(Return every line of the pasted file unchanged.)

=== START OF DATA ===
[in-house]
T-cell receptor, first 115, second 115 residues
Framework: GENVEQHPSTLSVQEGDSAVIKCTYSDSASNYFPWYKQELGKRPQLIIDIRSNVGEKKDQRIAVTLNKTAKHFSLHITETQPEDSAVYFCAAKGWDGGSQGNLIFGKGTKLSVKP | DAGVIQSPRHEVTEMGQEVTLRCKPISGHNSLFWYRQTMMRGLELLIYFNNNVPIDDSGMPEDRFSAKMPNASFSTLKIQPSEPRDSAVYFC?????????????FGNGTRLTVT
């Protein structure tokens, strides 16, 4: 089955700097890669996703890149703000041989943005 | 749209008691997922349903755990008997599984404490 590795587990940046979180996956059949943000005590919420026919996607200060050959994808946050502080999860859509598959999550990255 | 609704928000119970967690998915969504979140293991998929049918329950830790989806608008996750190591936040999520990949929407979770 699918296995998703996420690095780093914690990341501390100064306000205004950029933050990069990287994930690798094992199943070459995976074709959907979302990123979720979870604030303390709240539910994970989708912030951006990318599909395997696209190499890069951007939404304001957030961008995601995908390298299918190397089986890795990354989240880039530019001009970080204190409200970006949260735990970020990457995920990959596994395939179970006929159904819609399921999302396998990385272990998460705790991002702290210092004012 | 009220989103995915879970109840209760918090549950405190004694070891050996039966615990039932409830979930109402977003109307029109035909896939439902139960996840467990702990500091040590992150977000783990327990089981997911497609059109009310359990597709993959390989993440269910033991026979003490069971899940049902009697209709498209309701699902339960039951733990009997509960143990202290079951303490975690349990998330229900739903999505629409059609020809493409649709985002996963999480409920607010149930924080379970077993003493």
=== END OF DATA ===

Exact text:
[in-house]
T-cell receptor, first 115, second 115 residues
Framework: GENVEQHPSTLSVQEGDSAVIKCTYSDSASNYFPWYKQELGKRPQLIIDIRSNVGEKKDQRIAVTLNKTAKHFSLHITETQPEDSAVYFCAAKGWDGGSQGNLIFGKGTKLSVKP | DAGVIQSPRHEVTEMGQEVTLRCKPISGHNSLFWYRQTMMRGLELLIYFNNNVPIDDSGMPEDRFSAKMPNASFSTLKIQPSEPRDSAVYFC?????????????FGNGTRLTVT
């Protein structure tokens, strides 16, 4: 089955700097890669996703890149703000041989943005 | 749209008691997922349903755990008997599984404490 590795587990940046979180996956059949943000005590919420026919996607200060050959994808946050502080999860859509598959999550990255 | 609704928000119970967690998915969504979140293991998929049918329950830790989806608008996750190591936040999520990949929407979770 699918296995998703996420690095780093914690990341501390100064306000205004950029933050990069990287994930690798094992199943070459995976074709959907979302990123979720979870604030303390709240539910994970989708912030951006990318599909395997696209190499890069951007939404304001957030961008995601995908390298299918190397089986890795990354989240880039530019001009970080204190409200970006949260735990970020990457995920990959596994395939179970006929159904819609399921999302396998990385272990998460705790991002702290210092004012 | 009220989103995915879970109840209760918090549950405190004694070891050996039966615990039932409830979930109402977003109307029109035909896939439902139960996840467990702990500091040590992150977000783990327990089981997911497609059109009310359990597709993959390989993440269910033991026979003490069971899940049902009697209709498209309701699902339960039951733990009997509960143990202290079951303490975690349990998330229900739903999505629409059609020809493409649709985002996963999480409920607010149930924080379970077993003493």